– A.J. Burnett, Thursday’s winning pitcher, claims that his newly formed hernia is helping him pitch better. Maybe the offense should start straining themselves to achieve a similar injury and then they can score more than 1 run per game? Genius!
– Speaking of genius, Jonathan Papelbon does not see pitch velocity as an issue. Granted, he has been much better of late. But really? Can I pitch then? I can probably hit around 60mph on the gun and since speed does not matter, I should do just fine against major league hitters. Put me in, coach!
– In other Pap news, Crossing Broad had reported that the Phillies closer not only went off verbally on the media about his velocity, but that he actually aimed a fart in their direction. Monty Python, Holy Grail fans are loving this (”I fart in your general direction!”) If you have never seen this move, I highly recommend it.
– In the same article, Crossing Broad also claims that Cliff Lee belched at the media. It seems there is a lot of hot air in the Phillies locker room.
– It looks like whoever yells the loudest really does win. Because after Brewers manager Ron Roenicke complained that Logan Schafer’s 8th inning at-bat on 4/9/14 was not scored a hit, MLB overturned the error originally given to Ryan Howard. Wow.
– And while this is not Phillies news, I am sure all Phillies fans will enjoy it. The new book, Yes, It’s Hot in Here: Adventures in the Weird, Woolly World of Sports Mascots, reveals that the Secret Service actually threatened to kill Mr. Met, the Mets bulbous-headed mascot. Seriously. That may be the best story ever in the history of baseball. You will have to read the excerpt to believe it.
The Phillies start a 10 game West Coast road trip tonight against the Rockies. Game time is 8:40pm.
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Photo by Jenn Zambri Photography
These are the things that dreams nightmares are made of. This Phillies – Brewers series has thus far been a horror show of epic proportions. I awoke at 3am yelling, “How do you miss a routine ground ball?” I thought, whew, just a bad dream. And then I remembered, it wasn’t just a dream.
This does beg the question, how does a veteran major league player miss a routine ground ball? Sure, no one is perfect, stuff happens, etc… But this “stuff” is happening at an alarming rate. The Phillies have 5 errors in 2 games and that doesn’t include the many, many other mistakes made that do not have a place to be recorded in the box score.
For instance, a pitcher gets ahead of batter with a 0-2 count. He then proceeds to walk the guy. How does that happen? Just ask Antonio Bastardo. Even the Boogeyman, who spends weeks or months hiding under beds, has had better days.
Just as scary, both Ryan Howard and Jimmy Rollins, two of the more veteran guys and biggest salaries on the team, both booted bouncing ground balls yesterday. But how often does a ground ball take a weird hop? Answer: All the time! A major league player should be able to handle this.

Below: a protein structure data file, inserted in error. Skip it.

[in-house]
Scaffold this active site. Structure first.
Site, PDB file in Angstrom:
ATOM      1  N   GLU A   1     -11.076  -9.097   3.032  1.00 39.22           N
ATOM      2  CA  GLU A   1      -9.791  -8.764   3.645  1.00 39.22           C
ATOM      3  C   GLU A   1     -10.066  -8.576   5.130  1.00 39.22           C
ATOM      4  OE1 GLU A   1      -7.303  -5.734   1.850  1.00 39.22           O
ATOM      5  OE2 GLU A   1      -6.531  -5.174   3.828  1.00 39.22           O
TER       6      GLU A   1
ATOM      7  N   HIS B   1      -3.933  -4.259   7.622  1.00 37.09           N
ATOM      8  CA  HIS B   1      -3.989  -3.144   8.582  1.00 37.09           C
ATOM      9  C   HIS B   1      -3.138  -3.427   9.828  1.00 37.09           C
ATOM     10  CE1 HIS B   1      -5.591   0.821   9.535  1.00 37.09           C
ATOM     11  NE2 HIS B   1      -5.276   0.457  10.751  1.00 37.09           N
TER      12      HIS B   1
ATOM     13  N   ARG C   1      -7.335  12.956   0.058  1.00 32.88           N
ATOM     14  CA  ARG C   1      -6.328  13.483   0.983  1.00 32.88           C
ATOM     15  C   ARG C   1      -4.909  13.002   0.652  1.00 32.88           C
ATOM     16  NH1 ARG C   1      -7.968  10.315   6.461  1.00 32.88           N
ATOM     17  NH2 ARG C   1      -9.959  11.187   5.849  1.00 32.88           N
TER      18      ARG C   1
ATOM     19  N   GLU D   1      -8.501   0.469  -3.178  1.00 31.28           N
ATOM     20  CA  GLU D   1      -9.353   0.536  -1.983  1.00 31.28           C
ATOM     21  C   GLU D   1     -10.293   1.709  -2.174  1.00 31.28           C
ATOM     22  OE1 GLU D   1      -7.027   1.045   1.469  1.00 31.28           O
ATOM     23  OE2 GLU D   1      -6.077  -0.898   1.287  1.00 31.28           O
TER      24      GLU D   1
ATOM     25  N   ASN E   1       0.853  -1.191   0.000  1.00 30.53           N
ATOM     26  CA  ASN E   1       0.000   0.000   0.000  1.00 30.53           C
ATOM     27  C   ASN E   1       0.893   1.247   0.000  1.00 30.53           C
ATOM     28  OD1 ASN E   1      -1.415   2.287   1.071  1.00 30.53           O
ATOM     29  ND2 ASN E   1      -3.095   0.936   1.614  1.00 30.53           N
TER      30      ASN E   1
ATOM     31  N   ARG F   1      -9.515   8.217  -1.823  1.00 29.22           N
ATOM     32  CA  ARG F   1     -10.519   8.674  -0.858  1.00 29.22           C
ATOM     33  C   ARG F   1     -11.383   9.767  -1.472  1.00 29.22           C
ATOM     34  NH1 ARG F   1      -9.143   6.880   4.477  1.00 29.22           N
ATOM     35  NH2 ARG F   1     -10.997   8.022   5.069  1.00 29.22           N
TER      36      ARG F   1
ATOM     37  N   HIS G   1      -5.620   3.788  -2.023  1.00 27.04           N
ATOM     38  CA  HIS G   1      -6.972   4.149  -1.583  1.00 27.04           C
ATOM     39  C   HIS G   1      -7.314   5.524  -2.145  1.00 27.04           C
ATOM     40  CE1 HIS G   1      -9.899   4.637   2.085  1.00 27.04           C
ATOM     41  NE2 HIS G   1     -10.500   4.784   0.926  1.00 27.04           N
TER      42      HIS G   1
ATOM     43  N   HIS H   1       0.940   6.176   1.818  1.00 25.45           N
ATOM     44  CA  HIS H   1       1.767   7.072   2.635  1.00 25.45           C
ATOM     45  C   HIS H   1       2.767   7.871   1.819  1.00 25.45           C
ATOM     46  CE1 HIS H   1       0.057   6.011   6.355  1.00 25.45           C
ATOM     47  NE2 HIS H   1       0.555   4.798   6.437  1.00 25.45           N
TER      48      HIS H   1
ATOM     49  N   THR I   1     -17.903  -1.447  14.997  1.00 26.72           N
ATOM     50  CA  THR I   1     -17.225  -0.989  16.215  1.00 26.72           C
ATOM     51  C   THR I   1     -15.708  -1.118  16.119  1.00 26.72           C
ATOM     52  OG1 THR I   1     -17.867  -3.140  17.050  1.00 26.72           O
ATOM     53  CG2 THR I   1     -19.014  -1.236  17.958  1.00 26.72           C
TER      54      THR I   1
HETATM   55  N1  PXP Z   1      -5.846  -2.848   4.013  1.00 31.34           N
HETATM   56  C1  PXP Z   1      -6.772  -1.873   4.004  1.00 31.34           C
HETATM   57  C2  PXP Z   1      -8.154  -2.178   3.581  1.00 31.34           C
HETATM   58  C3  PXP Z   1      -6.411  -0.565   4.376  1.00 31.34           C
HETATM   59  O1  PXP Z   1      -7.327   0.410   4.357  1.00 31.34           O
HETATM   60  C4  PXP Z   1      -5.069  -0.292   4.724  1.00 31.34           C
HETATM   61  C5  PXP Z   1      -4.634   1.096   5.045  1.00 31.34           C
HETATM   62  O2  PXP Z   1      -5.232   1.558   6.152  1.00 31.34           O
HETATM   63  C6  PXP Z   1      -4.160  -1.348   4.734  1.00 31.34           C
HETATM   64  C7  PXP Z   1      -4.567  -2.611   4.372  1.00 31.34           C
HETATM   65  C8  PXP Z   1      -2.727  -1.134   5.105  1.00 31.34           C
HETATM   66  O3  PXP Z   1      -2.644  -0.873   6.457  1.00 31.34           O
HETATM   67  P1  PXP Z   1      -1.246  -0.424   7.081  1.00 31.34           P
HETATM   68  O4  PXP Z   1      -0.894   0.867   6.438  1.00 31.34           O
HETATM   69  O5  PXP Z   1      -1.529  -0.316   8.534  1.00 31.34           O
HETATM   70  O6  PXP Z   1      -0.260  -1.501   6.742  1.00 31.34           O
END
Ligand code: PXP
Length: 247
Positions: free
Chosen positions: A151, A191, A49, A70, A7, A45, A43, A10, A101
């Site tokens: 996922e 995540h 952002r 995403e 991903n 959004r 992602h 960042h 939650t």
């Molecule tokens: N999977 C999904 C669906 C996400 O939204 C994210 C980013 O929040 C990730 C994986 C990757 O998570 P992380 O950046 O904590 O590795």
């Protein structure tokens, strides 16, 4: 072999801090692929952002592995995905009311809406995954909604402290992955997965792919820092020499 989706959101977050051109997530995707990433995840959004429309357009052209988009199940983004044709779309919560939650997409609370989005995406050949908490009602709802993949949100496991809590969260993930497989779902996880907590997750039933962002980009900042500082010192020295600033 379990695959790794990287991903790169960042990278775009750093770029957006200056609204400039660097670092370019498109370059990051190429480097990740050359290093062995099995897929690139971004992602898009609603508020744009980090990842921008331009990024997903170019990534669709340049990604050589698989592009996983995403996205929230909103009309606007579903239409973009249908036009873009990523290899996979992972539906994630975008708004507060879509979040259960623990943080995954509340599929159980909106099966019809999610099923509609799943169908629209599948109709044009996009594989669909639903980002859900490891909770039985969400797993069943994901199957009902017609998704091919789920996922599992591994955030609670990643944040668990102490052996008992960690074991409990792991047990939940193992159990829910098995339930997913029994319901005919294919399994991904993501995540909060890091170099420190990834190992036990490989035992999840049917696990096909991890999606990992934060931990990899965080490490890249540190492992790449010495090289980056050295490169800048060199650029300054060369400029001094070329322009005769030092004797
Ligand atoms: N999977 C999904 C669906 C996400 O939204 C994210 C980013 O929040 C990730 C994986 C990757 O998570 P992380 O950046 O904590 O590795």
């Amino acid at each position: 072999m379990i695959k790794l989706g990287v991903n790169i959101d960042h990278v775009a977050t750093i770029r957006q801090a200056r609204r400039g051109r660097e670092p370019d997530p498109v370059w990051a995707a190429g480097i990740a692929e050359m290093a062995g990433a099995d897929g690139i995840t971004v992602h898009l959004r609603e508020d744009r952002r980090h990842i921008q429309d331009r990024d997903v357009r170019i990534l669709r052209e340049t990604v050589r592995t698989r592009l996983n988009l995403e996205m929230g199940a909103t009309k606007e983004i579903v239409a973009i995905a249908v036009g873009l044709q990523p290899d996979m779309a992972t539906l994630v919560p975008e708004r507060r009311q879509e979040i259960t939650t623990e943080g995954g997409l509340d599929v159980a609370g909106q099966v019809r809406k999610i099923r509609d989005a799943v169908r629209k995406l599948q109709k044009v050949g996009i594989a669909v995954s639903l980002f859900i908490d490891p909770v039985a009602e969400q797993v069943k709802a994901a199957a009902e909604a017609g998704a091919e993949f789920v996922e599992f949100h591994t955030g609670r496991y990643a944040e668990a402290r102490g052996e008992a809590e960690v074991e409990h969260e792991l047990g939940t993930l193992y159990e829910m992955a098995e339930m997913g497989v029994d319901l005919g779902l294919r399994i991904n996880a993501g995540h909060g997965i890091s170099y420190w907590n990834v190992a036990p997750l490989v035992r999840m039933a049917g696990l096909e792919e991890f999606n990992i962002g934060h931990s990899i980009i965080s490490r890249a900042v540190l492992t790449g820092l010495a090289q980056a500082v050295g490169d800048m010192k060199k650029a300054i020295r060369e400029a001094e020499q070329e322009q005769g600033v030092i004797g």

As I write this, I realize it is very early in the season and all that. Still, even this small handful of games is telling of a larger issue. Even manager Ryne Sandberg admits, “We talk about some of the plays being routine, but we haven’t been making too many of the routine plays lately.” So, why is that?
Sandberg preaches fundamentals and fielding practice. All of that is nice, but a guy who has been a professional baseball player for many years knows fundamentals. The issue is focus and execution. Why have these veteran players lost their focus, which then leads to a lack of execution? Are their pockets so heavy now that they lack incentive to concentrate? I think that is a fair question.
There are exceptions, of course. When Ben Revere smashed his face into the wall on Tuesday and dropped a fly ball, he did not show a lack of effort. He looked towards the fence for a second and lost the ball. I never see a lack of effort from Revere, as was witnessed during two diving attempts in Wednesday’s game, one of which was a spectacular, highlight reel catch. He dropped the second one, but clearly put forth maximum effort and focus.
This doesn’t mean other guys aren’t trying. They just do not try as hard and are not as invested in each individual play. In short, they are a bit too laid back. This is a big problem.
Think about your own job. There are days you give full effort and other days where you do not feel like doing much. If you work in an office, this probably doesn’t hurt anyone. But if you have a job where other people depend on you, this is a recipe for disaster. If I am a surgeon performing my fourth surgery of the day and I feel a bit tired and do just enough to get by with patient #4, bad things can happen.